Earthquake shakes Valemount

by Andru McCracken


A map shows the quake location close to the head of Kinbasket Reservoir.

Something shook Valemount, Cedarside and Tete Jaune for 10 seconds four days before Christmas, and after some scrutiny it is believed to be an earthquake.

The quake’s epicentre was at the head of Kinbasket Reservoir just nine kilometers from the Village of Valemount. Other potential causes haven’t been ruled out, but for now, the Geological Survey of Canada has deemed it a quake.

On December 21, Darren Heaps was at home on the computer when he noticed his pellet stove rattle, and then dishes on the rack rattle too.

“We just had an earthquake!” wrote Heaps at 12:37 pm.

When Lorna Griffin first heard it, it was loud.

“I thought Bob had blown something up at the campground. It kept on long enough I thought, ‘Should I get out of the house?’”

Griffin said it knocked some pictures off the wall.

“I’ve never felt anything like it before,” she said.

People took to social media to air theories of the shake: some said it was CN or highways blasting for avalanche control, but Lorna figured there is little chance a blast heard in Valemount could also be felt in Tete Jaune.

When the Goat phoned Taimi Mulder, Earthquake Seismologist for Geological Survey of Canada –  Natural Resources Canada, and explained accounts of the shudder, at first she was sure it was not an earthquake.

“If it shook for 10 seconds the magnitude would have lit up all of Canada and our seismic network,” said Mulder. “There is no way we would ever miss that.”

Mulder said an usual suspect would be something breaking the sound barrier in the vicinity, like a military aircraft breaking the sound barrier or possibly an asteroid, which can often go undetected during the day.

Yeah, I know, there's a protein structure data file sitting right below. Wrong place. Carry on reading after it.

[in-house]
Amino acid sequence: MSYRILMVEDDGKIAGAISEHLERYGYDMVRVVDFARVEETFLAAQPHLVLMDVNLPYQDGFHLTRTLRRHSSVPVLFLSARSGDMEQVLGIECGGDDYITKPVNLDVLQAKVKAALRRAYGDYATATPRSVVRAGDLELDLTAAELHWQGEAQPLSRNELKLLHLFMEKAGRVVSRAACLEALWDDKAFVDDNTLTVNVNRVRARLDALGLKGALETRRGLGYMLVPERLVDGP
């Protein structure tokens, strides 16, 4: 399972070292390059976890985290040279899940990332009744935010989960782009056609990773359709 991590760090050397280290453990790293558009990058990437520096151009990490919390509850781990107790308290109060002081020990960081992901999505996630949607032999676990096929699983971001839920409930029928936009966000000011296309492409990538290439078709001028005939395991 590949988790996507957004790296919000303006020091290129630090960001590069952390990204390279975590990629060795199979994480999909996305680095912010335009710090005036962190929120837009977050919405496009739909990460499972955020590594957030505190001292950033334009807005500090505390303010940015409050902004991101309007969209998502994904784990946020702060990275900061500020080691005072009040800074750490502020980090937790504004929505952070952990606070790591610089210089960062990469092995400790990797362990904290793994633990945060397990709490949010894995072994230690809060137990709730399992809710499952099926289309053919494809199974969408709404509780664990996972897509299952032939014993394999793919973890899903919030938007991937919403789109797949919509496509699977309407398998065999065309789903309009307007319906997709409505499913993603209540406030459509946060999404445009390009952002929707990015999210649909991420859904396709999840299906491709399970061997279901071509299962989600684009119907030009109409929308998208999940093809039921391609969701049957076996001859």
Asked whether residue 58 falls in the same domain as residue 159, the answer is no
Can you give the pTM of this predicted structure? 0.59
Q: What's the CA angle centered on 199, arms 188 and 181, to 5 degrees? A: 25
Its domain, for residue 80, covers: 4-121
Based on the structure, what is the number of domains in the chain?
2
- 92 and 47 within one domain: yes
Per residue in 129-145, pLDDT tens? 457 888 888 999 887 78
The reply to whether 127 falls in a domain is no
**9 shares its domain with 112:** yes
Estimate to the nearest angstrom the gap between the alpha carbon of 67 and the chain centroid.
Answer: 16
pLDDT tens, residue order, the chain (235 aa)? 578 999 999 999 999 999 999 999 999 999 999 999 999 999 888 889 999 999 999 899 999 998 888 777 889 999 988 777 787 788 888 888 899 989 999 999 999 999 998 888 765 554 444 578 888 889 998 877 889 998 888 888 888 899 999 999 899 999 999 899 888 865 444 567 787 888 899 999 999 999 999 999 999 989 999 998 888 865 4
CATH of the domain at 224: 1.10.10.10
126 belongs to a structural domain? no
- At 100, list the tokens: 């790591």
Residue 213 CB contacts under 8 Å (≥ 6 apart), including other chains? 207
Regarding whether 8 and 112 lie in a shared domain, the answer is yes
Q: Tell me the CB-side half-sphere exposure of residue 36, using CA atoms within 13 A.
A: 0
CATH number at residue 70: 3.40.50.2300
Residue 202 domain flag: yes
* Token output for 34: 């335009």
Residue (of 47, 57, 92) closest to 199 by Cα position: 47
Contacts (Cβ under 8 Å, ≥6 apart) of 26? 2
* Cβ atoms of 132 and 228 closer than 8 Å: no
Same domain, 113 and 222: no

The reason she was sure it wasn’t an earthquake was because a duration that long requires a significant shake, magnitude 4 or more. According to Mulder there are 150 to 200 instruments detecting seismic activity across BC, one as close as Blue River.

But Mulder promised to re-check the data after our initial interview to see if anything had been detected.

That’s when she discovered there had been a shallow earthquake near the tip of Kinbasket Lake measuring 3.1 on the Richter Scale.

She said she might be out by a few kilometers, but geologically-inclined explorers may find evidence of the quake near that location, including a surface rupture. (For keeners, the GPS coordinates are 52.7669  -119.1735)

“It’s not very deep at all,” said Mulder.

Mulder classified the movement as an earthquake, but left the door open to other possibilities, blasting in a gravel pit or a mine in the area could produce a similar impact.

Mulder said the closest working seismic instrument at that time was 150 km away.

She said a 3.1 magnitude earthquake shouldn’t cause damage.

“You’d feel it, but that’s it,” she said.

Heaps said it was his first earthquake despite living in the mountains his whole life.

“I was waiting to feel another tremor, but there were no more,” he said.

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